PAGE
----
Safari Camps and game drives
I have stayed at many different types of camps but for me the best is small tented camps with less than around twelve tents. Do not be put off by the word tent, as you can see from my photos they are stunning beautiful, very comfortable with all the amenities you need. The smaller camps have also a good friendly atmosphere; you will get the chance to get to know the managers, staff and all the guides. The smaller camps I find employ the best most experienced guides, your guide will become your friend as they teach you about the land, vegetation and animals; you will be in very safe knowledgeable hands. Of course the best part is the guides will all be locals who grew up on the land who are passionate about the environment and the conservation of it. It is a more homely atmosphere in smaller camps with drinks around open fires after your day game drive and group dinners so you can share stories of your day.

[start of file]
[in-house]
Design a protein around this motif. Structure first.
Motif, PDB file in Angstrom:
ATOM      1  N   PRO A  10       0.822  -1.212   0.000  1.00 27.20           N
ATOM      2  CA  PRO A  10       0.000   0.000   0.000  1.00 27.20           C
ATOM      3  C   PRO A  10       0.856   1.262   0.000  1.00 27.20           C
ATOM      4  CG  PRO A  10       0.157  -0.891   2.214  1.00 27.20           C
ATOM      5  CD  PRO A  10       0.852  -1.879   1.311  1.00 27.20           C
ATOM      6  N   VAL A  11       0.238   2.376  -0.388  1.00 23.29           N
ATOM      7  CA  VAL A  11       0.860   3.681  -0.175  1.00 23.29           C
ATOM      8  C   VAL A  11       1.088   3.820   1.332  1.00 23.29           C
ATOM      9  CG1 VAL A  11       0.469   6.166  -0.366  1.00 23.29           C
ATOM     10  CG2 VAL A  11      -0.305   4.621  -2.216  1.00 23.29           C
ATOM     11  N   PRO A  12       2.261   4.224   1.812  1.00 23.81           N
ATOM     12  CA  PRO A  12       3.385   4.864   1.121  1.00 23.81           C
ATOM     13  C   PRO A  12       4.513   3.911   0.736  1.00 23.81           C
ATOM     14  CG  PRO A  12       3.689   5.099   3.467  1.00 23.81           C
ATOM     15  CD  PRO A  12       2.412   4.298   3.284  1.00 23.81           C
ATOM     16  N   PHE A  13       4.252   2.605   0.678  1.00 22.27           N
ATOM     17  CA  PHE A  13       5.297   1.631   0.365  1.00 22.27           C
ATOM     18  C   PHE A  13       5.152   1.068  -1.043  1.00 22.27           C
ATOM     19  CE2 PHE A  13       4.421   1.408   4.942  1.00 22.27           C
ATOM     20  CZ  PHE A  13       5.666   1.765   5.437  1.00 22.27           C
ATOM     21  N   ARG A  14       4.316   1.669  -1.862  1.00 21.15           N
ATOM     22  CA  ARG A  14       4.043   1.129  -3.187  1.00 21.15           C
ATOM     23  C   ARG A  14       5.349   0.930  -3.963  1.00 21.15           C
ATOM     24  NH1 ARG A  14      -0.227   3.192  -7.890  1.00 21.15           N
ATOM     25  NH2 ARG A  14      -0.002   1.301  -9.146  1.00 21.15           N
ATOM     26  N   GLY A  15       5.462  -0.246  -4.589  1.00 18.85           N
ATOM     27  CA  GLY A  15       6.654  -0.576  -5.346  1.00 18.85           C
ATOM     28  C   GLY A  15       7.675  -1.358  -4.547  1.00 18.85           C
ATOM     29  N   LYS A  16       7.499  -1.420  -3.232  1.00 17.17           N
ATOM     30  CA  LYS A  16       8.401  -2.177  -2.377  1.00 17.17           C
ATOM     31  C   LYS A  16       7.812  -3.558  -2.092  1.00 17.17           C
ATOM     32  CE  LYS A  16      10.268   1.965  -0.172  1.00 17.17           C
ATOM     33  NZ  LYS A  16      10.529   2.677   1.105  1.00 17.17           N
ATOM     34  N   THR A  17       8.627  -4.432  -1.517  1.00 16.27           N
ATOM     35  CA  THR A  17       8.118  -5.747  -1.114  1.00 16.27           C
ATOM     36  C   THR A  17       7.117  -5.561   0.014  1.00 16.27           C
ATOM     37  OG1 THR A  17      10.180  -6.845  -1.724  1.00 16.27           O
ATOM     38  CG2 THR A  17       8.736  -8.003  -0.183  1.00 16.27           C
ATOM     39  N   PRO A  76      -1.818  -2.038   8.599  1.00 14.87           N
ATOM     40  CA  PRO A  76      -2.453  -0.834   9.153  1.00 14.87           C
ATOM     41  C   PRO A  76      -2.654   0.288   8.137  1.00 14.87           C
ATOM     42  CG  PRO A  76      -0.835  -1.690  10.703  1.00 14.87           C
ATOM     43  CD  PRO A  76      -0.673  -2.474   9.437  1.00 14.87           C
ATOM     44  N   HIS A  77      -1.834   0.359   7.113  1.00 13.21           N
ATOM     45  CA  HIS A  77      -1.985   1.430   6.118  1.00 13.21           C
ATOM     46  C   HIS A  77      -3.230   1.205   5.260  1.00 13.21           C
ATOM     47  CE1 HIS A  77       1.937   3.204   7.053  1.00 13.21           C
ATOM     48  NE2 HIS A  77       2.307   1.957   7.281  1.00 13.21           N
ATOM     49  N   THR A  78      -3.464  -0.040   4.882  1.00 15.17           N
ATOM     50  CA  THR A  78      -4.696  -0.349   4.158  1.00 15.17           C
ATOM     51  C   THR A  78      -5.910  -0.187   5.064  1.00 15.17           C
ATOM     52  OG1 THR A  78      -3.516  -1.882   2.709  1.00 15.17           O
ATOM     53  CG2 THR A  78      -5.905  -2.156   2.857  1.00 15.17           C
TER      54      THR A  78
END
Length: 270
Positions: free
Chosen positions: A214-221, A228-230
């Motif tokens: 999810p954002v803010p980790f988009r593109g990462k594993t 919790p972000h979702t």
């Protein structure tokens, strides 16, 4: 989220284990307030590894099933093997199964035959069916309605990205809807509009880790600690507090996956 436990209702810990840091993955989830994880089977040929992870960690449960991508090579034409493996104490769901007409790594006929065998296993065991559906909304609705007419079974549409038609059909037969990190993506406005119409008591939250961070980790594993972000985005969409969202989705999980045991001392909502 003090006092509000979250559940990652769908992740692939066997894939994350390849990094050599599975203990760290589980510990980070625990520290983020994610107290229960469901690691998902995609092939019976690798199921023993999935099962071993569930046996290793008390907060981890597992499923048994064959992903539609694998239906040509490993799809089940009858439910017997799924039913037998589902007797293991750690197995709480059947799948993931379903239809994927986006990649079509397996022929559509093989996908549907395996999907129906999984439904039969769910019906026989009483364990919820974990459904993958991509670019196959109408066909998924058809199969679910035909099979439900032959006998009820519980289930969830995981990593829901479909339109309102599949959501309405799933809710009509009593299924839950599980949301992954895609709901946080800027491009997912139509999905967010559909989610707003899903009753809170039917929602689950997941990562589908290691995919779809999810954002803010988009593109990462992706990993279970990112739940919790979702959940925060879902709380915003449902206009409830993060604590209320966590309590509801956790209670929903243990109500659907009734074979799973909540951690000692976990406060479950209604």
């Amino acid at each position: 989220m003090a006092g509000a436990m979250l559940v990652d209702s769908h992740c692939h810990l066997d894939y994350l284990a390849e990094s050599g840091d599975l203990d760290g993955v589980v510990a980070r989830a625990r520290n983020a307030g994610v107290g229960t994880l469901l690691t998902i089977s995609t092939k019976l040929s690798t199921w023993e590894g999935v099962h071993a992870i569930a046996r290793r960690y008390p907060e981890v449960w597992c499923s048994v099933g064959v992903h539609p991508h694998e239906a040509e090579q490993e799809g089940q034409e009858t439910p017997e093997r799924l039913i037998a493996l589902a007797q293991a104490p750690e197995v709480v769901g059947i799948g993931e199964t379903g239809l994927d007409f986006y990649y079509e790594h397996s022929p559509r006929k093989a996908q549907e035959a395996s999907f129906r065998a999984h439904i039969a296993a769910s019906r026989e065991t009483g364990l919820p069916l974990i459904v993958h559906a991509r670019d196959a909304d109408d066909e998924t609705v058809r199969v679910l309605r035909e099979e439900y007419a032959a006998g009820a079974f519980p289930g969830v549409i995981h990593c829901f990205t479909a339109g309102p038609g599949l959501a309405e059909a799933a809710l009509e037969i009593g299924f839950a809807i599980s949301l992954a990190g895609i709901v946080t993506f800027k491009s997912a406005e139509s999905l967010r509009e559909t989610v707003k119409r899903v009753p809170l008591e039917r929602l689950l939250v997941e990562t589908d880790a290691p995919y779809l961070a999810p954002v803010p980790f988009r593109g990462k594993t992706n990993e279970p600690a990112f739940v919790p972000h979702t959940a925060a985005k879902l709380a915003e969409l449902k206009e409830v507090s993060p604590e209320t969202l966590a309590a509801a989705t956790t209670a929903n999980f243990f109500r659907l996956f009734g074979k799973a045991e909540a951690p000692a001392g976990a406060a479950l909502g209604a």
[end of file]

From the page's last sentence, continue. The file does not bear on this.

The other advantage of the smaller camps is they either guarantee you a private vehicle so you are not sharing with any other guests or they will certainly try and accommodate your requirements. Personally I prefer to not share my vehicle with other guests as everyone has different passions, whether birds or big cats say so it is important that your guide can focus on your needs. Some guests bring independent guides with them but I never have as the guides who work in the camps are beyond excellent and live and breathe their home and you will be given the best safari experience.